This week data standards have been published to create a “pensions dashboards” for UK citizens.
The new announcement will enable people to access their personal pensions data – including about their state pension – via a single digital interface. The tool is being developed by the Pensions Dashboards Programme (PDP).
The newly published 94-page guide sets out the information that all pension providers will be obliged to supply to ensure that data is consistent.
Move towards Open Finance
The UK’s push towards pension dashboards has parallels with the efforts to encourage Open Banking. Both approaches hope to improve people’s knowledge and engagement with their personal finances.
Chris Curry, principal of the PDP said: “Some of the people we expect to use pensions dashboards may be unaware of what relationships they have with [pension] providers, whereas with Open Banking it’s usually through the provider with whom they already have an established relationship that they then access open banking,” he said.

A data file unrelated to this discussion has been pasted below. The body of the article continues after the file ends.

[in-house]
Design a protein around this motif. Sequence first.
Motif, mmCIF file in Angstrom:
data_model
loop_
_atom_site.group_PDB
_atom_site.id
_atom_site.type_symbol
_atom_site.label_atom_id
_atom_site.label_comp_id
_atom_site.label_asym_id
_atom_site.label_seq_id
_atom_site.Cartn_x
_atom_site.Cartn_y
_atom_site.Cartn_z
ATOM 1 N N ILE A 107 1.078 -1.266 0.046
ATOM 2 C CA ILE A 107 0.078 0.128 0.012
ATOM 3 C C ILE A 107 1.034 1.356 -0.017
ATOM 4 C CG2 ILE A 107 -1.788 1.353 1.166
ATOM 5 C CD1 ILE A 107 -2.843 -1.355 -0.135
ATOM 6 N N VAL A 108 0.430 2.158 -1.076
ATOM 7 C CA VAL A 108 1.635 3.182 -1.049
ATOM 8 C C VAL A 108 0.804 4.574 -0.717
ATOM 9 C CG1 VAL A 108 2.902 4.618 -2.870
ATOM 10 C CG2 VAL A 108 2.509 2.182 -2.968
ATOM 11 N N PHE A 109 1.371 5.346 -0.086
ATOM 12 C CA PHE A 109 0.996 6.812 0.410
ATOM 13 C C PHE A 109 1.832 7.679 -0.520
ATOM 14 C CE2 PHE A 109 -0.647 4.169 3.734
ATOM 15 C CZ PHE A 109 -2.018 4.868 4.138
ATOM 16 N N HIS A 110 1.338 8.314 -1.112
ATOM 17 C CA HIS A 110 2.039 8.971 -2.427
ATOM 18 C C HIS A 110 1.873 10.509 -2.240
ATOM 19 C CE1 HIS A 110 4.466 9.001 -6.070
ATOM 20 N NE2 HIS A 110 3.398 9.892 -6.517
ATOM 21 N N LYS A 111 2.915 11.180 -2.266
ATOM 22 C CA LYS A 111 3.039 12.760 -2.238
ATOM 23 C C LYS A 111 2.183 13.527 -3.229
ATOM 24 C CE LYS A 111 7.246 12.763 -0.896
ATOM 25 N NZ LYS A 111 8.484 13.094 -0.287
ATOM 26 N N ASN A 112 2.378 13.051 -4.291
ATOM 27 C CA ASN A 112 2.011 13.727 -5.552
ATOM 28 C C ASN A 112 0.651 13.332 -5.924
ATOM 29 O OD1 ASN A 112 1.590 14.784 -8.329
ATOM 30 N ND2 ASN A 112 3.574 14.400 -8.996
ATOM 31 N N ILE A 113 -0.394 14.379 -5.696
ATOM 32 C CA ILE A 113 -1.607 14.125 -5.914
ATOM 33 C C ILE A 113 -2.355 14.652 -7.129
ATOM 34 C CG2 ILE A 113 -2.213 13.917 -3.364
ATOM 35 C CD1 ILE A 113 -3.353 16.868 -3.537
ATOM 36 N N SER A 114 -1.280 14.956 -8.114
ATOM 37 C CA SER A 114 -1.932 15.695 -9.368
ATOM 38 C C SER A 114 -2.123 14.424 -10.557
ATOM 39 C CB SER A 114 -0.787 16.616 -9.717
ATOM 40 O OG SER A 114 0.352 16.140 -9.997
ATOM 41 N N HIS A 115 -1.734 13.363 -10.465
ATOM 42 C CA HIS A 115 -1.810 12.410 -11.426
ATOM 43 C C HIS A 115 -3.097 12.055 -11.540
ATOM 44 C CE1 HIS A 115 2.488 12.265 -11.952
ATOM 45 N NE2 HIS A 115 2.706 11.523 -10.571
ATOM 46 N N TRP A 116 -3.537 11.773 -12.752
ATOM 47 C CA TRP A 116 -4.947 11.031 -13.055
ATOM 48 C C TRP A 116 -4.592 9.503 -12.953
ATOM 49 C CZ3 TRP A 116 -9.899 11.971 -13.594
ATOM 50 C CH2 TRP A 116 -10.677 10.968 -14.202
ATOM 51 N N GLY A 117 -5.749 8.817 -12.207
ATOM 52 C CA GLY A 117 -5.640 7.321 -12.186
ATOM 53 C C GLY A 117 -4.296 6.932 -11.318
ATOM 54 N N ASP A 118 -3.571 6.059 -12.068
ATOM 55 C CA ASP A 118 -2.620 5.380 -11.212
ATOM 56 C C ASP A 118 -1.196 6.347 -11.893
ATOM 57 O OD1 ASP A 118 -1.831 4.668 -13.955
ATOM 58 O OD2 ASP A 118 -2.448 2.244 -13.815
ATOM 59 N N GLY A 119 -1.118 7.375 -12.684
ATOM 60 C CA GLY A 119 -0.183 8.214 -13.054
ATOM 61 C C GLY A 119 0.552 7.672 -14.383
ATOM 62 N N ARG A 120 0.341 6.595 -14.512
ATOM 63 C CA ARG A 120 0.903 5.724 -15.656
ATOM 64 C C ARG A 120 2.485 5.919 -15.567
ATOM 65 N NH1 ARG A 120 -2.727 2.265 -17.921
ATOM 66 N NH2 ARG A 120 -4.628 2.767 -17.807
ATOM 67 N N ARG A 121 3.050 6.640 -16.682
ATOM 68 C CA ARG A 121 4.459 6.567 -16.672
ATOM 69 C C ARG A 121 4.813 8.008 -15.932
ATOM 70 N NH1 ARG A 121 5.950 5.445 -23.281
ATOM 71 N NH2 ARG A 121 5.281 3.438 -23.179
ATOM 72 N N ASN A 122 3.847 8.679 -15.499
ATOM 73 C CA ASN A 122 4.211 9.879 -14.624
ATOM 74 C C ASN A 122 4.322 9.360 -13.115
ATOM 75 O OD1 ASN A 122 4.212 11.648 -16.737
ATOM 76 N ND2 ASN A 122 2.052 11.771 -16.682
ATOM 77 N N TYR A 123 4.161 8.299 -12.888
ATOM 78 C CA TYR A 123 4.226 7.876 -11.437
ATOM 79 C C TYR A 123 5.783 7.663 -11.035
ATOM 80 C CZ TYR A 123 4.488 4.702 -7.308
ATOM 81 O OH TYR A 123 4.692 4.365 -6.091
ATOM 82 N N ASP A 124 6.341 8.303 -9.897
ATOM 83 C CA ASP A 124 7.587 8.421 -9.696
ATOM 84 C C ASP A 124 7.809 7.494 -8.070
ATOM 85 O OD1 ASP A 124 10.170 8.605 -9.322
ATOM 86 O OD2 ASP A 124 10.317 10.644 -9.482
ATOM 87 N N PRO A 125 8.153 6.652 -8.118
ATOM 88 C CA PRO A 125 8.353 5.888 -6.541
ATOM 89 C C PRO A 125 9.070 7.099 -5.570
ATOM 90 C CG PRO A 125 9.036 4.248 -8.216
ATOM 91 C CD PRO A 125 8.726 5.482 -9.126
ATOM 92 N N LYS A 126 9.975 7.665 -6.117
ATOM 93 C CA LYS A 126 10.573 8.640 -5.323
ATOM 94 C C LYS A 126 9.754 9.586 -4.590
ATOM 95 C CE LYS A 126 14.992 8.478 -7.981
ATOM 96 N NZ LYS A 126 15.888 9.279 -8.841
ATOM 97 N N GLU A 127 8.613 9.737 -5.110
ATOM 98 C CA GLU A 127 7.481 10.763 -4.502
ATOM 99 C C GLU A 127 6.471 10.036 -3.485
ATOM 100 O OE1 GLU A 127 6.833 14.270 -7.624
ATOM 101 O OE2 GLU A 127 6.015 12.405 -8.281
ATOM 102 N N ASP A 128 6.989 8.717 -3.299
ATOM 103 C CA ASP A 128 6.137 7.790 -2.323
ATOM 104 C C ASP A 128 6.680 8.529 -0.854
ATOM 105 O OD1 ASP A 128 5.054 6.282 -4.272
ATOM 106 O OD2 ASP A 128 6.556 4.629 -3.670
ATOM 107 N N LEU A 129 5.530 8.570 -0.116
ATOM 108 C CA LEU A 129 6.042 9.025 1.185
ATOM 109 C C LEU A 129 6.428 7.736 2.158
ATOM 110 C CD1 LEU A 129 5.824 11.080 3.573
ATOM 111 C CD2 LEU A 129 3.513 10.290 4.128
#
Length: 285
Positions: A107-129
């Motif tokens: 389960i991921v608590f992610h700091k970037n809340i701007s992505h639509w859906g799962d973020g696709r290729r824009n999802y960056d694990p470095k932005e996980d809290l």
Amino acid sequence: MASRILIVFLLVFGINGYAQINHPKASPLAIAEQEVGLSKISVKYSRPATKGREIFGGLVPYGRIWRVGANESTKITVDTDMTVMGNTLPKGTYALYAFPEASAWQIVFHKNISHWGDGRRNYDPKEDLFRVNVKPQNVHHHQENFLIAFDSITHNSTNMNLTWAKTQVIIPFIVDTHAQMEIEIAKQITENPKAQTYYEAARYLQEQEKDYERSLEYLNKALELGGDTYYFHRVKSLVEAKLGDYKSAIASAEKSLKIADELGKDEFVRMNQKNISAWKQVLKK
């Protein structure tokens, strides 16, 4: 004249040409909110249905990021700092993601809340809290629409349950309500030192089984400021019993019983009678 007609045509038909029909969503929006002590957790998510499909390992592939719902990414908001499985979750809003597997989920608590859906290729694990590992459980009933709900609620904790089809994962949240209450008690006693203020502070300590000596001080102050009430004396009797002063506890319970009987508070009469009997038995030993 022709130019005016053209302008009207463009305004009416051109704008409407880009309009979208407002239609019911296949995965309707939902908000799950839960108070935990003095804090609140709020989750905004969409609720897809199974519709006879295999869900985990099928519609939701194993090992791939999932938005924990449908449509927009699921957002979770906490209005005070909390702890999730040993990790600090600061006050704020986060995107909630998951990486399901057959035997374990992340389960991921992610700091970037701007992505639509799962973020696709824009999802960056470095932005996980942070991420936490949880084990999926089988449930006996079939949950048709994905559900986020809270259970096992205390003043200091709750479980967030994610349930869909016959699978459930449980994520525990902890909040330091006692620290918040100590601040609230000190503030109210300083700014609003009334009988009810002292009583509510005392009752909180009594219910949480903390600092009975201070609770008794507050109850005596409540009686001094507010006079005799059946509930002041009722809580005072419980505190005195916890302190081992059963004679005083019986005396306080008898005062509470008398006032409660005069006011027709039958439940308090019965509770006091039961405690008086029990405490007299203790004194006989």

The theory is there is an opportunity to bring together Open Banking and pensions dashboards to get to “Open Finance”, added Curry. “But in the first instance, the really important use-case of pensions dashboards is just to re-unite individuals with pensions and money that they may not realise they have,” he said.
One of the major challenges is that the UK’s pensions market is more “fragmented” compared with other countries that already have pensions dashboards, including Denmark, Belgium and Israel, according to Curry.
“The UK has pension schemes dating back to the 1960s and 1970s still in existence and a large number of pension providers – there are something like 40,000 schemes that we need to get hooked up to the pensions dashboard. In other countries it’s in the 100s, so we have a very different type of challenge,” he said.